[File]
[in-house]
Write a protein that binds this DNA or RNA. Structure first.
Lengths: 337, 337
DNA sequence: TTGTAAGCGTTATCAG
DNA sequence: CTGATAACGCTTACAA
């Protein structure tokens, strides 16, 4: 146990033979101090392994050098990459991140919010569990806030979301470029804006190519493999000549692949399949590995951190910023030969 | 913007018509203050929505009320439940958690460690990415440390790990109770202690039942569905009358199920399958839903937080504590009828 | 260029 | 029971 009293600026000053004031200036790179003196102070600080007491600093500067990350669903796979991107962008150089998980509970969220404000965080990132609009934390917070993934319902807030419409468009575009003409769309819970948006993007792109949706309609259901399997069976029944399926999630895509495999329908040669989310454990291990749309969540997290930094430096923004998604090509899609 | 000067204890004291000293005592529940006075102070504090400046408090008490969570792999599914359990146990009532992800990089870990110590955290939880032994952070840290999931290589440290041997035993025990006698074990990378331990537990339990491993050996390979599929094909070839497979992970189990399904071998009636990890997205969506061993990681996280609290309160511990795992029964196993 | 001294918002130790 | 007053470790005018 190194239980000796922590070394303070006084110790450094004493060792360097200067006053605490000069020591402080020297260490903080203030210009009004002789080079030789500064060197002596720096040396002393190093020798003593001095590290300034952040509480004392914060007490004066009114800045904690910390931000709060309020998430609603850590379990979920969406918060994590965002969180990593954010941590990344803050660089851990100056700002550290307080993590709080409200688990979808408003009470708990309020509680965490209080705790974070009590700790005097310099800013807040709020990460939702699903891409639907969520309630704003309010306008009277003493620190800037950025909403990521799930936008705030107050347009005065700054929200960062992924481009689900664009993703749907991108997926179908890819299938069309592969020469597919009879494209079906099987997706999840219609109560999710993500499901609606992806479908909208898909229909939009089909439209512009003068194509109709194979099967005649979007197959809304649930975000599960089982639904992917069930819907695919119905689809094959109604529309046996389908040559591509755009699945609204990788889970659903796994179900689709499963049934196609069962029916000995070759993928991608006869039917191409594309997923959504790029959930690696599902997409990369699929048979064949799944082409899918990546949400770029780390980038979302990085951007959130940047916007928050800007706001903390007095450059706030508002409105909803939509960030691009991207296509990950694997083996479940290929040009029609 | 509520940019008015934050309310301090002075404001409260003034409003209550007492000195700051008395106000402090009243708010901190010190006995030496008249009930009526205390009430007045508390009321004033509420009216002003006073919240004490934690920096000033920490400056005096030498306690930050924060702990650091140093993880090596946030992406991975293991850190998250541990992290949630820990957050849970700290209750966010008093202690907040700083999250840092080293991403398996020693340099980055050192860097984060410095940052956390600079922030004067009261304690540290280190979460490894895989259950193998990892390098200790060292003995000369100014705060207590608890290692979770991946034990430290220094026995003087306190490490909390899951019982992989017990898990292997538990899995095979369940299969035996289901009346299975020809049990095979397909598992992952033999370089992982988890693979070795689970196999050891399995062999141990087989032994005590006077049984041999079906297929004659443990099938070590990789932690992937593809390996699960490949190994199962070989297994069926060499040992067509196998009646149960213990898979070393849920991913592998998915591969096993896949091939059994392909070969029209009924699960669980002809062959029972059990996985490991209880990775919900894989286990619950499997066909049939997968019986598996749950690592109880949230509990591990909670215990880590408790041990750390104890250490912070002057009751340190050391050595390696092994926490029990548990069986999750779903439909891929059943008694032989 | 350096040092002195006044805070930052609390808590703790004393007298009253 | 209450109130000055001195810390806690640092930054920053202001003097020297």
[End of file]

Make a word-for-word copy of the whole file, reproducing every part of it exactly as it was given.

[in-house]
Write a protein that binds this DNA or RNA. Structure first.
Lengths: 337, 337
DNA sequence: TTGTAAGCGTTATCAG
DNA sequence: CTGATAACGCTTACAA
């Protein structure tokens, strides 16, 4: 146990033979101090392994050098990459991140919010569990806030979301470029804006190519493999000549692949399949590995951190910023030969 | 913007018509203050929505009320439940958690460690990415440390790990109770202690039942569905009358199920399958839903937080504590009828 | 260029 | 029971 009293600026000053004031200036790179003196102070600080007491600093500067990350669903796979991107962008150089998980509970969220404000965080990132609009934390917070993934319902807030419409468009575009003409769309819970948006993007792109949706309609259901399997069976029944399926999630895509495999329908040669989310454990291990749309969540997290930094430096923004998604090509899609 | 000067204890004291000293005592529940006075102070504090400046408090008490969570792999599914359990146990009532992800990089870990110590955290939880032994952070840290999931290589440290041997035993025990006698074990990378331990537990339990491993050996390979599929094909070839497979992970189990399904071998009636990890997205969506061993990681996280609290309160511990795992029964196993 | 001294918002130790 | 007053470790005018 190194239980000796922590070394303070006084110790450094004493060792360097200067006053605490000069020591402080020297260490903080203030210009009004002789080079030789500064060197002596720096040396002393190093020798003593001095590290300034952040509480004392914060007490004066009114800045904690910390931000709060309020998430609603850590379990979920969406918060994590965002969180990593954010941590990344803050660089851990100056700002550290307080993590709080409200688990979808408003009470708990309020509680965490209080705790974070009590700790005097310099800013807040709020990460939702699903891409639907969520309630704003309010306008009277003493620190800037950025909403990521799930936008705030107050347009005065700054929200960062992924481009689900664009993703749907991108997926179908890819299938069309592969020469597919009879494209079906099987997706999840219609109560999710993500499901609606992806479908909208898909229909939009089909439209512009003068194509109709194979099967005649979007197959809304649930975000599960089982639904992917069930819907695919119905689809094959109604529309046996389908040559591509755009699945609204990788889970659903796994179900689709499963049934196609069962029916000995070759993928991608006869039917191409594309997923959504790029959930690696599902997409990369699929048979064949799944082409899918990546949400770029780390980038979302990085951007959130940047916007928050800007706001903390007095450059706030508002409105909803939509960030691009991207296509990950694997083996479940290929040009029609 | 509520940019008015934050309310301090002075404001409260003034409003209550007492000195700051008395106000402090009243708010901190010190006995030496008249009930009526205390009430007045508390009321004033509420009216002003006073919240004490934690920096000033920490400056005096030498306690930050924060702990650091140093993880090596946030992406991975293991850190998250541990992290949630820990957050849970700290209750966010008093202690907040700083999250840092080293991403398996020693340099980055050192860097984060410095940052956390600079922030004067009261304690540290280190979460490894895989259950193998990892390098200790060292003995000369100014705060207590608890290692979770991946034990430290220094026995003087306190490490909390899951019982992989017990898990292997538990899995095979369940299969035996289901009346299975020809049990095979397909598992992952033999370089992982988890693979070795689970196999050891399995062999141990087989032994005590006077049984041999079906297929004659443990099938070590990789932690992937593809390996699960490949190994199962070989297994069926060499040992067509196998009646149960213990898979070393849920991913592998998915591969096993896949091939059994392909070969029209009924699960669980002809062959029972059990996985490991209880990775919900894989286990619950499997066909049939997968019986598996749950690592109880949230509990591990909670215990880590408790041990750390104890250490912070002057009751340190050391050595390696092994926490029990548990069986999750779903439909891929059943008694032989 | 350096040092002195006044805070930052609390808590703790004393007298009253 | 209450109130000055001195810390806690640092930054920053202001003097020297």